Spring Statement 2018 – Property Focus from Kingston Smith LLP
The statement was light on new policy announcements but as far as property is concerned, the Chancellor announced that the next property revaluation for business rates will be brought forward from 2022 to 2021. In accordance with the announcement made in the 2017 Autumn Budget, property revaluations will then take place every subsequent 3 years instead of every 5 years as it is now.
The government had previously raised the possibility of a self-assessment approach, but this has been rejected and the Valuation Office Agency will continue to assess the rateable values as they do at present (and the government has said it will ensure they are sufficiently funded to do this).
The government has said that it is bringing forward the next revaluation “to ensure ratepayers benefit from more frequent revaluations at the earliest point”, although there will undoubtedly be some who will be adversely affected by this.
Businesses feeling the full impact of the recent increases in business rates would have been hoping for more than this announcement as the previously announced measures to provide relief, targeted at pubs and small businesses, leave many businesses still facing large increases.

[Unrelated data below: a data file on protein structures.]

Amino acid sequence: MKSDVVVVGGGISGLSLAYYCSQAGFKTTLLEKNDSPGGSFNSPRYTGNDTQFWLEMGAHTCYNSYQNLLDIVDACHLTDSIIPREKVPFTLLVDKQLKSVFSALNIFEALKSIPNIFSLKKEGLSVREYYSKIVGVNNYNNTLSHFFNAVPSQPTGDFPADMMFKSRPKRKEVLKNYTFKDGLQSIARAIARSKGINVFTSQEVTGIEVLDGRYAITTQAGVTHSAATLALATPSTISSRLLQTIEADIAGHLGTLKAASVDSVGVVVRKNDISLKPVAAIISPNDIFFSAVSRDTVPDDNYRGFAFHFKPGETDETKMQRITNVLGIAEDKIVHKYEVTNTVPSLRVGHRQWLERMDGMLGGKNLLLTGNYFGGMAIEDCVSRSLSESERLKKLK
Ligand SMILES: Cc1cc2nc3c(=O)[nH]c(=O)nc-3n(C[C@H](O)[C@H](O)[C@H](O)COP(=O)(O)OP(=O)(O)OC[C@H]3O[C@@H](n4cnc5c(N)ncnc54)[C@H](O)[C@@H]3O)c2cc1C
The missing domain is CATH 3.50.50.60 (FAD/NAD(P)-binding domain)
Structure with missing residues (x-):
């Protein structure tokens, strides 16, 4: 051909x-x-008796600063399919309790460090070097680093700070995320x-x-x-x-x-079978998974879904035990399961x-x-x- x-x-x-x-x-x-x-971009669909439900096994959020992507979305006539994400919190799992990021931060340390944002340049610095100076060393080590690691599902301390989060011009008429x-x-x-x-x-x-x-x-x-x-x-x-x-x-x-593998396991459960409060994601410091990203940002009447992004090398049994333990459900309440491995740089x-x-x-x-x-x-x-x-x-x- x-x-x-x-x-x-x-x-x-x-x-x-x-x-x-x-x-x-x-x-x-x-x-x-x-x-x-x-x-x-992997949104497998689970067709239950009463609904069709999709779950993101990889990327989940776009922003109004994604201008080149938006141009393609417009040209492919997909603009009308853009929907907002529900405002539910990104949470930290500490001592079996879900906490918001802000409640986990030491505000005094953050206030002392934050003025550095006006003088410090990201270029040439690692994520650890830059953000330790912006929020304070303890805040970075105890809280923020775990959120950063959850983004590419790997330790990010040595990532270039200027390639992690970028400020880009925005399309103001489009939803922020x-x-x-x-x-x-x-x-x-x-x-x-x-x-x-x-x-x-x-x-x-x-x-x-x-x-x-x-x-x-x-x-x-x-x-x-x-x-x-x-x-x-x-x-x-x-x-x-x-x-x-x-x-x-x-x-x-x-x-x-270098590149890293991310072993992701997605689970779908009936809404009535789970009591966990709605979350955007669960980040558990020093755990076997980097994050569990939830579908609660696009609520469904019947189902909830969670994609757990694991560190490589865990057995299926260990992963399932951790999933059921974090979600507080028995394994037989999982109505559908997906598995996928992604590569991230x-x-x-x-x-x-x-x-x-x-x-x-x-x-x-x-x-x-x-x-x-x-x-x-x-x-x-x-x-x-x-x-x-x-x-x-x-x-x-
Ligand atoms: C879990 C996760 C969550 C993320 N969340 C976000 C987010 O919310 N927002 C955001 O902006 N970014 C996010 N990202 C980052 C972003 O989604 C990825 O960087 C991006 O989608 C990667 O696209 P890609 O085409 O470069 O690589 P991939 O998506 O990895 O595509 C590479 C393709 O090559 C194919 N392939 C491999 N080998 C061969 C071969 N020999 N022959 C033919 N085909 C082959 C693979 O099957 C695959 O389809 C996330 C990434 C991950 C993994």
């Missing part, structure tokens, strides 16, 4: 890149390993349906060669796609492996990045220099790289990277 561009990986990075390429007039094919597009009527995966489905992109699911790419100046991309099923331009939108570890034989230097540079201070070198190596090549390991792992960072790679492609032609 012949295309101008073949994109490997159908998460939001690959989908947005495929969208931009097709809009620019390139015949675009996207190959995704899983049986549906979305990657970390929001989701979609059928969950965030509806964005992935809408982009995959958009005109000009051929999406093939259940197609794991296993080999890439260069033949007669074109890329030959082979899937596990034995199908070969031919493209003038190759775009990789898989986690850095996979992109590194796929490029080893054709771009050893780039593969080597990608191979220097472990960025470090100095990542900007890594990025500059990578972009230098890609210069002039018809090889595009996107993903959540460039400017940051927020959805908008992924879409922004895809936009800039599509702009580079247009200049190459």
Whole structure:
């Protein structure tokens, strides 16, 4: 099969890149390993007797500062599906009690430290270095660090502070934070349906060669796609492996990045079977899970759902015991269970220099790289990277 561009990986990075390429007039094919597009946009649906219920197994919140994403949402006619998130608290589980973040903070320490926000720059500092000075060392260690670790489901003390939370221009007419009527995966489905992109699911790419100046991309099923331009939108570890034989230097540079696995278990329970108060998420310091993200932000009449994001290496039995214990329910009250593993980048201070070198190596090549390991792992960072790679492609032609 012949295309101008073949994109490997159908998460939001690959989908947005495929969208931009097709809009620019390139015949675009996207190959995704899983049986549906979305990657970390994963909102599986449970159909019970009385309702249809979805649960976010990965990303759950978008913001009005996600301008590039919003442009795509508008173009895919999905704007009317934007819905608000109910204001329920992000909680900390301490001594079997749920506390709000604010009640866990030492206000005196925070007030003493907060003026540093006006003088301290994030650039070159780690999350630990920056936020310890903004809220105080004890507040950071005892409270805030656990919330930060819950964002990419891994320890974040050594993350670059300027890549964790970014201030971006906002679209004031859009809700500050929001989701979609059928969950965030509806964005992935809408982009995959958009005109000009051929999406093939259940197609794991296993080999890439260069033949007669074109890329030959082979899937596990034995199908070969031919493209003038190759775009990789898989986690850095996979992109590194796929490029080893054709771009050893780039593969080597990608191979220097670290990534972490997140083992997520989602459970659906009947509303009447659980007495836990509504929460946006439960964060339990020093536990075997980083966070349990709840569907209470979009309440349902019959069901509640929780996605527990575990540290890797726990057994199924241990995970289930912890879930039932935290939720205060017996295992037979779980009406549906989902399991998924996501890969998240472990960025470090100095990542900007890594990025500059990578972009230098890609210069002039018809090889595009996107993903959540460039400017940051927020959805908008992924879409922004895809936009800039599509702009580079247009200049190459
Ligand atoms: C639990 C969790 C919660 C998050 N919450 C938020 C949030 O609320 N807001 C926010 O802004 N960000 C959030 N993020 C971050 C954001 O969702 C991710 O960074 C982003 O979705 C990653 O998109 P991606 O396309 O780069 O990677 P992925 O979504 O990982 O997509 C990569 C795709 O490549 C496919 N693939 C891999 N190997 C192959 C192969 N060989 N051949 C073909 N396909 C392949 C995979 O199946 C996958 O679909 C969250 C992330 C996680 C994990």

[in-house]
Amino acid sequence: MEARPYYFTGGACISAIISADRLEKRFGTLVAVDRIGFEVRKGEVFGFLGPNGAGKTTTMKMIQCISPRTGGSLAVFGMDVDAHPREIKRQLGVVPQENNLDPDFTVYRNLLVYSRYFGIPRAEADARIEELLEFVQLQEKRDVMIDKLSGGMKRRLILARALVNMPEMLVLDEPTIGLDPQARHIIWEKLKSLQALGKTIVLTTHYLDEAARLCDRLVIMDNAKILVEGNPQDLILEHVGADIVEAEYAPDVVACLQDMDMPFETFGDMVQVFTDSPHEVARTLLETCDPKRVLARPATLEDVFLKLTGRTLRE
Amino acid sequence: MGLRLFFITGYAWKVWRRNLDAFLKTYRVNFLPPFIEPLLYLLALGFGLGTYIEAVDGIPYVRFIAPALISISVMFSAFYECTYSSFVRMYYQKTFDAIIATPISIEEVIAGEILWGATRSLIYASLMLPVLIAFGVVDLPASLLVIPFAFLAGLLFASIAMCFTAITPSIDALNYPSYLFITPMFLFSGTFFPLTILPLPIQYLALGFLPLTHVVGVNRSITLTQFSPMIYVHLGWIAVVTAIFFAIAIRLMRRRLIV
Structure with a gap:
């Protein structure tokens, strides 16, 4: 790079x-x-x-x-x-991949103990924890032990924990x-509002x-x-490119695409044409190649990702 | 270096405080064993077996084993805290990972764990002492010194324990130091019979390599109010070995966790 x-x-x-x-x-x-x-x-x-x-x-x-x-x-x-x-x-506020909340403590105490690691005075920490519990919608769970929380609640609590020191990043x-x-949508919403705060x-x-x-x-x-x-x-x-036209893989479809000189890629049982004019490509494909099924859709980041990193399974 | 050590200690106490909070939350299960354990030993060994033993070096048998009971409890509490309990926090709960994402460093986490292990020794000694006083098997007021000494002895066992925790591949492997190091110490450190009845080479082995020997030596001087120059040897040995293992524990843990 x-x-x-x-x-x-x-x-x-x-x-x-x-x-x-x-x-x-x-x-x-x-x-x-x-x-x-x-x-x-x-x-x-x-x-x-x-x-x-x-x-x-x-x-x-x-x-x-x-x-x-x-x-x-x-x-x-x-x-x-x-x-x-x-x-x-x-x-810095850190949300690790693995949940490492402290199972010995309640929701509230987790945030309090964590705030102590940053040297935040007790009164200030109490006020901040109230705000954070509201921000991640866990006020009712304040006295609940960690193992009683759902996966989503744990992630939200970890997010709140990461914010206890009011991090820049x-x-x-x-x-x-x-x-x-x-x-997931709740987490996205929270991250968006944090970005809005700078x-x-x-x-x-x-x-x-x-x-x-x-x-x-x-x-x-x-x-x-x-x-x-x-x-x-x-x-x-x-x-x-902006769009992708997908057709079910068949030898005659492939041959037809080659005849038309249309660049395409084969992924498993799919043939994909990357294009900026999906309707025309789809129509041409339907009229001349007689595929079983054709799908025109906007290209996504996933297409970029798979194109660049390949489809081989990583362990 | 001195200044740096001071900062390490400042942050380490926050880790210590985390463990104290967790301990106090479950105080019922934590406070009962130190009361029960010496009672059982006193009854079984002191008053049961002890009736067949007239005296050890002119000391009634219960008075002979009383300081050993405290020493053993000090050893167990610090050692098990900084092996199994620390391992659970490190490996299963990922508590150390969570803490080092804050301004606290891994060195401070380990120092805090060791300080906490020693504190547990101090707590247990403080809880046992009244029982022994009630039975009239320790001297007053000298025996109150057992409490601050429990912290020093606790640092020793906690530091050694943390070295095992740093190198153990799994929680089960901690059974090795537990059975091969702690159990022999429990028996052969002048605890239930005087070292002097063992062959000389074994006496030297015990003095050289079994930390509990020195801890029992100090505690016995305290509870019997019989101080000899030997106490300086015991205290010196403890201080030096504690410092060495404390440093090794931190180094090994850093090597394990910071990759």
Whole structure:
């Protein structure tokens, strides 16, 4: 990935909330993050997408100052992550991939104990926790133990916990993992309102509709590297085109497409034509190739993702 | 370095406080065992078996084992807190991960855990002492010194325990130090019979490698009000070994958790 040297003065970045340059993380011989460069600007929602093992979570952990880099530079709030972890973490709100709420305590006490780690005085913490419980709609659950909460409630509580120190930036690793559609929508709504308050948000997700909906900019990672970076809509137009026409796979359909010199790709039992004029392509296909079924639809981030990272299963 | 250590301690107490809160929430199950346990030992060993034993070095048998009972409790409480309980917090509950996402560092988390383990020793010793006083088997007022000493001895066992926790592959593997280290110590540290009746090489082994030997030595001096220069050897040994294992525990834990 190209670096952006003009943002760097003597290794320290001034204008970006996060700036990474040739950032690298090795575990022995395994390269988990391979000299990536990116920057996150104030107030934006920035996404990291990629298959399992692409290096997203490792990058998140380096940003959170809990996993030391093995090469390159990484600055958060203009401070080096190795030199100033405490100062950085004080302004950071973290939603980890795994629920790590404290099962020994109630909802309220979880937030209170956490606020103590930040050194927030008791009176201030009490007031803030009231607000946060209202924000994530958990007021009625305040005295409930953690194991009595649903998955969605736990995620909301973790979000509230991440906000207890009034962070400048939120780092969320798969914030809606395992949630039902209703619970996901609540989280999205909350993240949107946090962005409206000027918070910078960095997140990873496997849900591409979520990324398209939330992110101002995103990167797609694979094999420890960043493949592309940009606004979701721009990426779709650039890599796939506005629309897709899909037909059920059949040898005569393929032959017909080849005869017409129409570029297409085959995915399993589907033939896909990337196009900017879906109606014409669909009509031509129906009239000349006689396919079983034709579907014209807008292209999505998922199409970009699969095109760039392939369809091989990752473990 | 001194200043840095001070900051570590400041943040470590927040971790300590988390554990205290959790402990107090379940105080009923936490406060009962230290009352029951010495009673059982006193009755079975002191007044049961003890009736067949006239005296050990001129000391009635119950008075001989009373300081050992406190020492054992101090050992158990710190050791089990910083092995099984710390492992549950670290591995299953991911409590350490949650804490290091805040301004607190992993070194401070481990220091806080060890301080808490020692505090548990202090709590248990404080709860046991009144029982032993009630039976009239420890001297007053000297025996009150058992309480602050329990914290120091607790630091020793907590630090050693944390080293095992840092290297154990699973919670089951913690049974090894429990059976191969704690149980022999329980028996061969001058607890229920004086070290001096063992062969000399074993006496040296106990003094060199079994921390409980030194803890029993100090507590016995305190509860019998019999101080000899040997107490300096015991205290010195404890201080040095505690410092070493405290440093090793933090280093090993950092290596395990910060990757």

Other property related announcements included a commitment to build 215,000 new homes in the West Midlands, facilitated by a grant of £100m from the Land Remediation Fund, and a doubling of the Housing Growth Partnership which provides financial support for small builders.
For more detail on the Spring Statement, please see below.
Corporate & Business Tax
Many of the consultation documents published alongside the Spring Statement may ultimately have implications for businesses. Taxes on turnover and taxes on single-use plastics have both been in the offing for a while, and these are now going to be the subject of more serious consideration. Certain businesses might also see an increase in their obligations under proposals relating to online platforms and those that don’t pay their suppliers as quickly as the government might wish may also be the target for government intervention. On the other hand there was more positive news for those that own and invest in businesses, with possible extensions to Entrepreneurs’ Relief and the Enterprise Investment Scheme.
Employment tax was not a focus of the Chancellor’s speech, but measures announced show that he recognises the challenges the economy faces from the skills gap. The Chancellor acknowledged in his speech that the Apprenticeship Levy had got off to a rocky start and – reinforcing his commitment to having 3 million apprenticeships by 2020 – he allocated £80m to help fund small businesses who want to take on an apprentice. Other measures relating to skills included support for employers who need to get ready for T-Level work placements, and announcing a consultation on more generous tax relief for self-funded training.
Kingston Smith LLP